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So here’s what I mean about another person helping you push past your limits. It would not have occurred to me to ride 80 miles on Monday, let alone in our mountains and up a pass, because 80 is so far beyond my comfort zone. But because my dad asked me to, I said yes and attempted it the best I could. And we made it. From Leadville to the top of Independence Pass and all the way back home (for pizza, fries, and Cokes). I don’t know if I even believed I could do it until we were ascending, but I went for it anyway. My dad literally rode circles around me. The whole thing was such an eye-opener; I surpassed what I believed to be my limits running and climbing in the mountains in the past year to such an extent that I stopped believing I have them. But now I can see that it’s not full circle-I still see limitations in myself when faced with different types of barriers. Friends, this is a new frontier.

Bicycle Commuting & Touring (loves, hates, fears)

LOVES:

Fresh air
Sunshine
Front row parking anywhere and everywhere
Elevating my fitness baseline
Human powerered
Downhills
Uphills too
Accomplishment
Alone time
No technology
Chatting with other cyclists and pedestrians
The views!
All the weird little things you get to see and hear

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HATES:

Cranky drivers
Stop lights
Being exhausted
Being hungry and still having to ride
Uphills 😉
Stopping
When people in cars or on street corners are smoking while I’m waiting at a light
People who don’t understand bike lanes
People who steal bikes or things off of your bike
That you have to carry everything with you
When all of my clothes and shoes are soaked because it rained for a few days

FEARS:

People who don’t understand bike lanes
People who steal bikes or things off of your bike
Cranky drivers
That I won’t make it home
That it’s going to hail
That my foot won’t catch the pedal when I take off
That my crankset will lock up when I’m on a steep uphill and I’ll go careening back down
Chain breaking
When you mess up fixing a flat and the new tube goes flat again

What are yours?

Training (and psychology or something, probably)

You guys know I’ve been up to a lot of business lately. And by business, I mean activities. As I’ve been planning my upcoming amazing trips, I’ve realized that there’s a couple doozies coming up fast and in addition to the things I’m already training for, I have some areas to step up. It’s got me to thinking about the difference between working out (for the sake of working out), training for competition, and training to do epic shit.

I’ve been involved in competitive sports for basically ever, with maybe a 2 year reprieve after I stopped racing (road running) after college and before I picked up roller derby. Training for competitive sports is a discipline and an obligation. Sometimes, it’s awesome. As long as I’ve had something to work for, I’m able to train (even if I don’t always like it). But, like I say all the time, I road run to support my trail racing habit. And it’s exactly that. Most of my training for running is on the road, and it sucks. I would never be like “I’m going to crush 10 miles on the ROAD!” it’s more like oh dear god, 10 miles. 10 monotonous, repetitive motion injury, joint shaking miles that make me question my commitment to long distance running in general (more on this later). But I still do it.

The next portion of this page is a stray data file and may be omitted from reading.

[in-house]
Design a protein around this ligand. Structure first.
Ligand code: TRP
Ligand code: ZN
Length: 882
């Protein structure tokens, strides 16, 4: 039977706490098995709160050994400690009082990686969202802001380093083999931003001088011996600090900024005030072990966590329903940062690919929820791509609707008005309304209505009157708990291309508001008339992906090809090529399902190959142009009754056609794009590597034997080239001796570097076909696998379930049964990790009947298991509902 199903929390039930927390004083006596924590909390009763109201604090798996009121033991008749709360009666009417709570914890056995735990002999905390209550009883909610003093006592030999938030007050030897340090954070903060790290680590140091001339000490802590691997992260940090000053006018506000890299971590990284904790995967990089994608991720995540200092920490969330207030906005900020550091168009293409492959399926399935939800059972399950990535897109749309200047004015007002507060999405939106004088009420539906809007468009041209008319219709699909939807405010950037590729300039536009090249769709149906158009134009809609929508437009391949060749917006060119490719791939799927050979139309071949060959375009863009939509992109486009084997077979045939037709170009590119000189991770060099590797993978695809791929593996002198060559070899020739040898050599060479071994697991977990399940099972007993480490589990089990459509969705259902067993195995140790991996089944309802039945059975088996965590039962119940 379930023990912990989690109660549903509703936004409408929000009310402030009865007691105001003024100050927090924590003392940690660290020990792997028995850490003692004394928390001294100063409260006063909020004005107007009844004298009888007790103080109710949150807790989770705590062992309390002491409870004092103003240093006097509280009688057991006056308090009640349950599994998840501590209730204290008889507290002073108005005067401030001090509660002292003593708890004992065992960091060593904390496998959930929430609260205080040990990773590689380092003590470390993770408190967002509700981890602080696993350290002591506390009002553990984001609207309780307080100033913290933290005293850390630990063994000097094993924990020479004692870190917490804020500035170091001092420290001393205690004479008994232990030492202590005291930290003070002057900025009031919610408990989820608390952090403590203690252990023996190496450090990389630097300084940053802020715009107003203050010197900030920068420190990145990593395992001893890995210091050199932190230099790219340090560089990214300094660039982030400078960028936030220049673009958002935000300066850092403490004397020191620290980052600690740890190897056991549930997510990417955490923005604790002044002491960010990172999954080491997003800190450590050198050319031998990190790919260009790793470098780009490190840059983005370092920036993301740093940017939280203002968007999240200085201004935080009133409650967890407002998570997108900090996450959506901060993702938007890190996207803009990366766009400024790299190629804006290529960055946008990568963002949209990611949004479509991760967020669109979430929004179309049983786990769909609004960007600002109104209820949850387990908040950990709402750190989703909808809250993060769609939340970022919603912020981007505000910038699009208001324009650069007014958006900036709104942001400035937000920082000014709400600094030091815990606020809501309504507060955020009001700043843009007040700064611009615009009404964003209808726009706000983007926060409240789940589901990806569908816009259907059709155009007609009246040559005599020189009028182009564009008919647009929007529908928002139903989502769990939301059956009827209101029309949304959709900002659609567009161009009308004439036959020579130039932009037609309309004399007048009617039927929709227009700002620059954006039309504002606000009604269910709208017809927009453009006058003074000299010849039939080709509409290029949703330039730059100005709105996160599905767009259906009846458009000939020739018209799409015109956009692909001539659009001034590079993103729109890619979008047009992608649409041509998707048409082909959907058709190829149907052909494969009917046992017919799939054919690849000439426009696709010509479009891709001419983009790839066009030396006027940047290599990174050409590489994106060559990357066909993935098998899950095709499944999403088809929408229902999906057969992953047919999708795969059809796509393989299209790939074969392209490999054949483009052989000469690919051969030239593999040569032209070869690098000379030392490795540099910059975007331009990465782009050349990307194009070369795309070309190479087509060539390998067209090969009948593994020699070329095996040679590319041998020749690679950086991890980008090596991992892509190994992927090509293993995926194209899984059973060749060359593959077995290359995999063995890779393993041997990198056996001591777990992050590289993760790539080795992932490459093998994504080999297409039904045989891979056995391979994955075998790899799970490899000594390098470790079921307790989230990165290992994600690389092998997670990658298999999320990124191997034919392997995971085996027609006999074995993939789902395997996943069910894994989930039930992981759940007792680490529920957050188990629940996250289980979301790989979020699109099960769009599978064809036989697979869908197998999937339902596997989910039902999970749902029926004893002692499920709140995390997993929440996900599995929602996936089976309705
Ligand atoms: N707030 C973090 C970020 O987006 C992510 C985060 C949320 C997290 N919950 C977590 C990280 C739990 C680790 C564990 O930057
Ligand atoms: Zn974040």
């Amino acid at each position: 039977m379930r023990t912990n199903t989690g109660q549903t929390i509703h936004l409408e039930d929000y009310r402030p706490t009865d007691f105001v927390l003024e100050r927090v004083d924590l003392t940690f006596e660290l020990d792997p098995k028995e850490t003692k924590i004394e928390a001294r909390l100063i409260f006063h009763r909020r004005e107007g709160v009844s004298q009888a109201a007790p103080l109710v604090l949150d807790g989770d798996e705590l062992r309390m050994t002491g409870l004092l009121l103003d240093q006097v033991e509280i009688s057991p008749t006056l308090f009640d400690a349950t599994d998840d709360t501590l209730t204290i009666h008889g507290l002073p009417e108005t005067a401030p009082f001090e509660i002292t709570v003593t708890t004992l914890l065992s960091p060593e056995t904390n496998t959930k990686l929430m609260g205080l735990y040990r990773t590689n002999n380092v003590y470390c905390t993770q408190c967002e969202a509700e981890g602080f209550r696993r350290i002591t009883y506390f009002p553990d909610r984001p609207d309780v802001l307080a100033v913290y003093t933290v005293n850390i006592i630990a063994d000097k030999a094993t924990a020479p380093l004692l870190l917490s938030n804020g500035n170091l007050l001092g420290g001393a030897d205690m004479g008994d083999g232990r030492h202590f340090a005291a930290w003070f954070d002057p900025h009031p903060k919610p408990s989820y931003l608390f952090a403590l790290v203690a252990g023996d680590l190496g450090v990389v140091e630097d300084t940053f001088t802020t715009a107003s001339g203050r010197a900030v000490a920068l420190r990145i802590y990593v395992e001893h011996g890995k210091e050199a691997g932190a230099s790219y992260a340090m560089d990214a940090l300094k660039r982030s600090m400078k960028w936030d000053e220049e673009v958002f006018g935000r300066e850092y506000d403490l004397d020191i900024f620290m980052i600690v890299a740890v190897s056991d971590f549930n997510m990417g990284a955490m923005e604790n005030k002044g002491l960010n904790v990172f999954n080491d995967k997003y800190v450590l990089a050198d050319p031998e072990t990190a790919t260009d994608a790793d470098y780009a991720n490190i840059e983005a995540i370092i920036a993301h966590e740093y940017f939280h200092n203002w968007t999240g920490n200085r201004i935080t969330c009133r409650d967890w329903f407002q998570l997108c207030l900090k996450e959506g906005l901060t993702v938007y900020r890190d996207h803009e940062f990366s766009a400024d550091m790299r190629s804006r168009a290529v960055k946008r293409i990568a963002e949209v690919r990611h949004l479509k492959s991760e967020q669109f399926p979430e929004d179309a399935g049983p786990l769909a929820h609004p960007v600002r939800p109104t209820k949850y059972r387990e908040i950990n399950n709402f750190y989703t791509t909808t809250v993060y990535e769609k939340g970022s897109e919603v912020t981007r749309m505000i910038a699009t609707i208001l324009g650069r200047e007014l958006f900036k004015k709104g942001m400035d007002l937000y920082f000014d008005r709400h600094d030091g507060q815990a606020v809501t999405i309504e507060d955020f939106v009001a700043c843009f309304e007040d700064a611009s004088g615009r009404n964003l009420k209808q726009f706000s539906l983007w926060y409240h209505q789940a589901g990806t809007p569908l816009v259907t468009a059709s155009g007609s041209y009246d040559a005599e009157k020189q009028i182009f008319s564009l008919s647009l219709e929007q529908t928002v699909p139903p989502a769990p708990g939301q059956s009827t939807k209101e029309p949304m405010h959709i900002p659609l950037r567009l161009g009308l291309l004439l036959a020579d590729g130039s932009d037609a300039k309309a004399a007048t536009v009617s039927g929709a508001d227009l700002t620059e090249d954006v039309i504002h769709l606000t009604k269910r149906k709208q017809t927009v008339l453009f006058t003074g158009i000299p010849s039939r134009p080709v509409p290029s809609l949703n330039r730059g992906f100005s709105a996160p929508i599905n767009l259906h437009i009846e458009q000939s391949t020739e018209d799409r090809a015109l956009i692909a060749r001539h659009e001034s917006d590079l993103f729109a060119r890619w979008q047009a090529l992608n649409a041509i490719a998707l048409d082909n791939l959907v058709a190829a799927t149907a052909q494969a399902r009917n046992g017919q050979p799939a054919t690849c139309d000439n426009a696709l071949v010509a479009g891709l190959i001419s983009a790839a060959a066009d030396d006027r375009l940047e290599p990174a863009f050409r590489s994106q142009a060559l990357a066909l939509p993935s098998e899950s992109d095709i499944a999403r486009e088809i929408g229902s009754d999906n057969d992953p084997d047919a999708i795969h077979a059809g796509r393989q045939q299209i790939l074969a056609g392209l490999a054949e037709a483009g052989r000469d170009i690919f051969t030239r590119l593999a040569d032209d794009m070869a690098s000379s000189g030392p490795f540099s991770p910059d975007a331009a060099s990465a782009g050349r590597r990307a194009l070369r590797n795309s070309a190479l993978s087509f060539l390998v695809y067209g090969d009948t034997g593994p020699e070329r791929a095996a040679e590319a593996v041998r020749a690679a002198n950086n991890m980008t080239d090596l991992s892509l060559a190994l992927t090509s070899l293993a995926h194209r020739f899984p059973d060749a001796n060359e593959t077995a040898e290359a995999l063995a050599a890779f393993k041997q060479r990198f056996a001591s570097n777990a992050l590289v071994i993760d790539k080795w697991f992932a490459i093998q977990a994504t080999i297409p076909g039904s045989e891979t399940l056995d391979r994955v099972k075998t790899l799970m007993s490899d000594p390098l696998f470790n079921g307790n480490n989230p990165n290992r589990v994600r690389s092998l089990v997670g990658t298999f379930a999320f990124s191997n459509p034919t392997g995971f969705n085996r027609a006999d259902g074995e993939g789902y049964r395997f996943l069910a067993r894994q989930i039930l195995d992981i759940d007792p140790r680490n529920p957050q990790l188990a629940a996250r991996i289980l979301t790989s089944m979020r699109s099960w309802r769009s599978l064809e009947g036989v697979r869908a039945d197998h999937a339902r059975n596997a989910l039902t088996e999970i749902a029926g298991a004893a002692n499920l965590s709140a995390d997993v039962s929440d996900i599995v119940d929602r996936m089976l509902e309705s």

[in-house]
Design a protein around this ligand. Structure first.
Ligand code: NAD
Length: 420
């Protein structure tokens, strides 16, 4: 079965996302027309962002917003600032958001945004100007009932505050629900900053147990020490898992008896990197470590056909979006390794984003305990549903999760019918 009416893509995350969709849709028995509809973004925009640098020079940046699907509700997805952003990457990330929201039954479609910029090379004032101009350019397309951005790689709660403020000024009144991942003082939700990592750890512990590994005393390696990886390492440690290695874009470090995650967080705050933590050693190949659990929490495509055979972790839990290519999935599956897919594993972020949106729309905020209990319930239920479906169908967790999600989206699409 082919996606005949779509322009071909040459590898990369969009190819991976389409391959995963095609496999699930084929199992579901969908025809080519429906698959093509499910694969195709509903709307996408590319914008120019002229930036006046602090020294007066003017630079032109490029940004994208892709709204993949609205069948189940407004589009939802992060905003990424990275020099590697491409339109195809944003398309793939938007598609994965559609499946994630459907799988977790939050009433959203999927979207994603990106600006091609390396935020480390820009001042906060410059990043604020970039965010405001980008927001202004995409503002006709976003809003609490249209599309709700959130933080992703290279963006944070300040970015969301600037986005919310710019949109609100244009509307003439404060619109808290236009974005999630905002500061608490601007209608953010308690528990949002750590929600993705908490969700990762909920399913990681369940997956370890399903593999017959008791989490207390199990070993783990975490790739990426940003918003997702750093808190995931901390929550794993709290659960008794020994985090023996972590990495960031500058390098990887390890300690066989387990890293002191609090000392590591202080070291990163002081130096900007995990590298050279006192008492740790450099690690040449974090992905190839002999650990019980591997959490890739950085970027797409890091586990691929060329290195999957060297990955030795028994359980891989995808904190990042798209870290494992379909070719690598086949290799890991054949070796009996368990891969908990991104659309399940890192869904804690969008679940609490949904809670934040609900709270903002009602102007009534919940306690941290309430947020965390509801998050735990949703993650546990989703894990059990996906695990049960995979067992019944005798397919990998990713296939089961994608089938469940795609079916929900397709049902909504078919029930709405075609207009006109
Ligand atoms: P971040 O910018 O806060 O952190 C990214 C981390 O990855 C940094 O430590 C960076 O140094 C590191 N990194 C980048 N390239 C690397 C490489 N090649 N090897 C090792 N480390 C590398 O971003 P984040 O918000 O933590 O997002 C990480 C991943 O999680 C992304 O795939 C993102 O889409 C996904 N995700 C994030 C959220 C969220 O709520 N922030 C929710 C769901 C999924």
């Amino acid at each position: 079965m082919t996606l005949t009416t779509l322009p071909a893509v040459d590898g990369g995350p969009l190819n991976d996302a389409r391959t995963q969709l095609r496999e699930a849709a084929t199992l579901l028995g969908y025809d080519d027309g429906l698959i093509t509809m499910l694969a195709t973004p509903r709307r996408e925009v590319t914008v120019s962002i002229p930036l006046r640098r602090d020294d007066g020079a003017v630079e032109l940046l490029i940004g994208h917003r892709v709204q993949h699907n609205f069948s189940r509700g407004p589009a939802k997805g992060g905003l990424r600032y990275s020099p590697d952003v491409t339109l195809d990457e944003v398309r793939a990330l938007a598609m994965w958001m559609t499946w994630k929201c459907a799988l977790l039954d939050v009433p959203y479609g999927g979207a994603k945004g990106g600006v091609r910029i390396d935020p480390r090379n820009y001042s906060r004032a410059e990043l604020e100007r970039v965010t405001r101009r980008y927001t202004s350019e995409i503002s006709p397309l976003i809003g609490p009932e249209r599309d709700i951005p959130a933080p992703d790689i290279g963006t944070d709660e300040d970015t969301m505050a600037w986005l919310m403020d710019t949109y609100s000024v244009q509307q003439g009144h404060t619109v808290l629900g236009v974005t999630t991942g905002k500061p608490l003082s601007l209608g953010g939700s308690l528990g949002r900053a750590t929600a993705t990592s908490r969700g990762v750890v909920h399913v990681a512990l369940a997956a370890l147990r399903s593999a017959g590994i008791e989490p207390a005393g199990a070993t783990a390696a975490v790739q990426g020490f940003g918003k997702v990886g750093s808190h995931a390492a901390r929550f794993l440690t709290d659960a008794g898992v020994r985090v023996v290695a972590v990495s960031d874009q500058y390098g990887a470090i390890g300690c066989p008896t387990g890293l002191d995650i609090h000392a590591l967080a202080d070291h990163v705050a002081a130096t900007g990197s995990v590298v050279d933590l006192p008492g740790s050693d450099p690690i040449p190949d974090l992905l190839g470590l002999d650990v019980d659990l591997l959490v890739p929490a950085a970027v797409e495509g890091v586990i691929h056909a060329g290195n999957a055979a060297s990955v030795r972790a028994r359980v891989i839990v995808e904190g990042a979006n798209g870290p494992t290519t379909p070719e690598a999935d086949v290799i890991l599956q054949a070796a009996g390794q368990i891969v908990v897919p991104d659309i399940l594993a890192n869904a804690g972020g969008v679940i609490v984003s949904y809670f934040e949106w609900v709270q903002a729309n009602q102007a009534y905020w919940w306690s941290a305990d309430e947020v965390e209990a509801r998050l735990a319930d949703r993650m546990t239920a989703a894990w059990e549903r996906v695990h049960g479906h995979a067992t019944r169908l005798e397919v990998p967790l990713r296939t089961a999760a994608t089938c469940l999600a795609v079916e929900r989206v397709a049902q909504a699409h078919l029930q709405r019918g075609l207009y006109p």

I’ve never been one for working out. When I’m at the height of intense training for something, I can really crush a work out. And yeah, I like it, and it feels good. I’m never going to question the amazing effects of endorphins, et al. But I can not bring myself to work out for the sake of working out. Plenty of people do, it’s awesome, because exercise is really important for your health and not every human is willing and able to commit their lives to physical endeavors. I teach a spin class once a week and the beautiful souls who attend that class, I tip my hat to them. No music in the world would make me work that hard just to be healthy.

What!?  So many miles!

What!? So many miles!

So I’ve been keeping track of my bicycle commuting mileage on a calendar all month, without doing anything with it (like adding it up) and when I realized the other day that I MUST start training for my bike tours, I added it up. I ride 70-100 miles a week, and that’s mainly getting to classes. I don’t think I entered in when I ride to a restaurant for dinner or something, and I usually walk to the store. I was pretty impressed. Although with the Mt Evans trip (50 miles by bicycle, from Denver to Echo Lake, then summit Mt. Evans, then ride the 50 back) looming, I need to increase mileage by a lot. Something about planning and committing to this training feels very different. I rode an extra 30 miles yesterday, and it felt amazing. I haven’t been riding much outside of commuting lately, so that was probably part of it. But it was more than that. It wasn’t an obligation. It was a commitment to become stronger so I could live a stronger life. There’s been a tone of falsity in my race training lately, and that’s what it is. I consider that training obligatory so I can race hard and obtain a good time and all the glory that comes with competition. Whereas, training to walk and ride mountains; that feels very authentic and like I’m working to be better.

Yeah, this is how I ride training miles...get better sunglasses, Sarah.  And wear a MF helmet!

Yeah, this is how I ride training miles…get better sunglasses, Sarah. And wear a MF helmet!

How do I bring this into my race training?

Updates and coming up:
Monday Long’s (this should be 3/20 and my last winter ascent of the season, I hear the conditions up there are actually still WINTER)
6/11 Mt. Evans
July 2-6 Wanderlust Festival in Aspen
July & August Nolan’s Fourteeners 100 miles backpacking, bicycle tour to Estes via Peak to Peak Highway
Breakdancing: still working on the same two moves but they’re getting better!
Ashtanga: finally getting back on track